Football writers: please stop trying to write about baseball


Usually we have to wait until playoff season for people who don’t know a lot about baseball to write columns in which the declare it dead or dying and then vainly attempt to explain why.  But today we’re lucky!  We have one from Andy Benoit, the NFL blogger from the New York Times!

The rating for this year’s first Saturday afternoon M.L.B. on FOX was 2.3. That’s about 10 percent of the audience that Fox’s Sunday afternoon N.F.L. Week 1 telecast attracted. Obviously, a regular-season baseball game and a regular-season N.F.L. game do not make an apples-to-apples comparison (there are 10 times more regular-season M.L.B. games, 162 per team, than N.F.L. games, 16 per team). But if they were apples, one would be rotten and the other perfectly ripe.

New rule: if you compare football ratings to baseball ratings without acknowledging that all but a handful of baseball games are televised locally by 30 distinct networks nearly every single day of the season thereby rendering national baseball telecasts far, far less useful as an indicator of the sport’s health and popularity, you have to donate $500 to the anti-ignorance charity of my choice. Cool?  At the very least, go read any of the hundreds of stories written about the $2 billion sale of the Los Angeles Dodgers recently, all of which explain quite clearly just how big local television revenues are to baseball.  Apples and oranges? Local TV is a peach, and football doesn’t have it.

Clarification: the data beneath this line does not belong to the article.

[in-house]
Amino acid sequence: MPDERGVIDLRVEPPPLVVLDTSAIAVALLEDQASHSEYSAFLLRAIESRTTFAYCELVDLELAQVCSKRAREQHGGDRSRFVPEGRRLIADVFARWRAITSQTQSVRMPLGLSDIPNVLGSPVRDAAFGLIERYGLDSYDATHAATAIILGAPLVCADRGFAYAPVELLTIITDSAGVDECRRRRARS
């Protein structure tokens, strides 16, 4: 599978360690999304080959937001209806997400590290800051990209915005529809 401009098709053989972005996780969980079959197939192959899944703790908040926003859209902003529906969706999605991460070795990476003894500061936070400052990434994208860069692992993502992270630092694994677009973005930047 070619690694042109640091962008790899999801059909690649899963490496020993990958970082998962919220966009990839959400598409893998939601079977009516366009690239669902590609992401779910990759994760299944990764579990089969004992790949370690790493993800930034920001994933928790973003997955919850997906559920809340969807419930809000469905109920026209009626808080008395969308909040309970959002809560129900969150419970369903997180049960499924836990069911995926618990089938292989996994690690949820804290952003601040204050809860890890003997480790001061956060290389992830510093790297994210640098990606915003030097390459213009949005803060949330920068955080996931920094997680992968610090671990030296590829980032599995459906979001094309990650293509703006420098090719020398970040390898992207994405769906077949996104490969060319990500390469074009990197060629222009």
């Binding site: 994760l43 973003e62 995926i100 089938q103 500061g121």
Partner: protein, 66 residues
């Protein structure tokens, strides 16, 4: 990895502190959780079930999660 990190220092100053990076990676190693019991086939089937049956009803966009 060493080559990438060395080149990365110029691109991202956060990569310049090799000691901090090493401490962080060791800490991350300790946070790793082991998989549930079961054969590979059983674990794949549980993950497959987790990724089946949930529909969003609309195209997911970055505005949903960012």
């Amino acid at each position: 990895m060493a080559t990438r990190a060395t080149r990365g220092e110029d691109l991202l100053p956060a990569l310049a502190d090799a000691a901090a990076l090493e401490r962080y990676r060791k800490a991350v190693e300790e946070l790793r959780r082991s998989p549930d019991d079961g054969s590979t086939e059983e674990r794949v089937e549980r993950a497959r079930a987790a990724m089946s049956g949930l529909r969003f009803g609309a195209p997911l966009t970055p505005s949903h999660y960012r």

Beyond ratings, Benoit goes on to explain that baseball’s central problem is that, unlike football, it’s not a fluid game played all over a field that demands its athletes get bigger, faster and stronger and constantly innovate and improve their game. Rather, baseball is stuck with the same old field — 126 square inches, he claims, referring only to home plate — and thus is stuck in history, not the shiny new future like football is. As a result:

This is largely why there is so much monotony and downtime in baseball, and why so much emphasis has been placed on peripheral nonsense known as the unwritten rules … Can you imagine anyone in the N.F.L. even batting an eye (let alone fighting) at such inconsequential stuff?

I’m sorry, but if you cover football for a living and you are of the opinion that it does not have more than its fair share of “peripheral nonsense,” you owe another $500 to the Ignorance Fund.  This is a sport that will put on a three hour telecast about its schedule, for crying out loud. A sport that has a scandal about injury bounties. A sport that, due to several days off between games each week, seems to create some new off-the-field drama at every turn, be it comic or tragic. It has plenty of nonsense, thank you very much.  Oh, and before you go crowing about that fast, furious, fluid on-the-field action in the NFL, go read this first.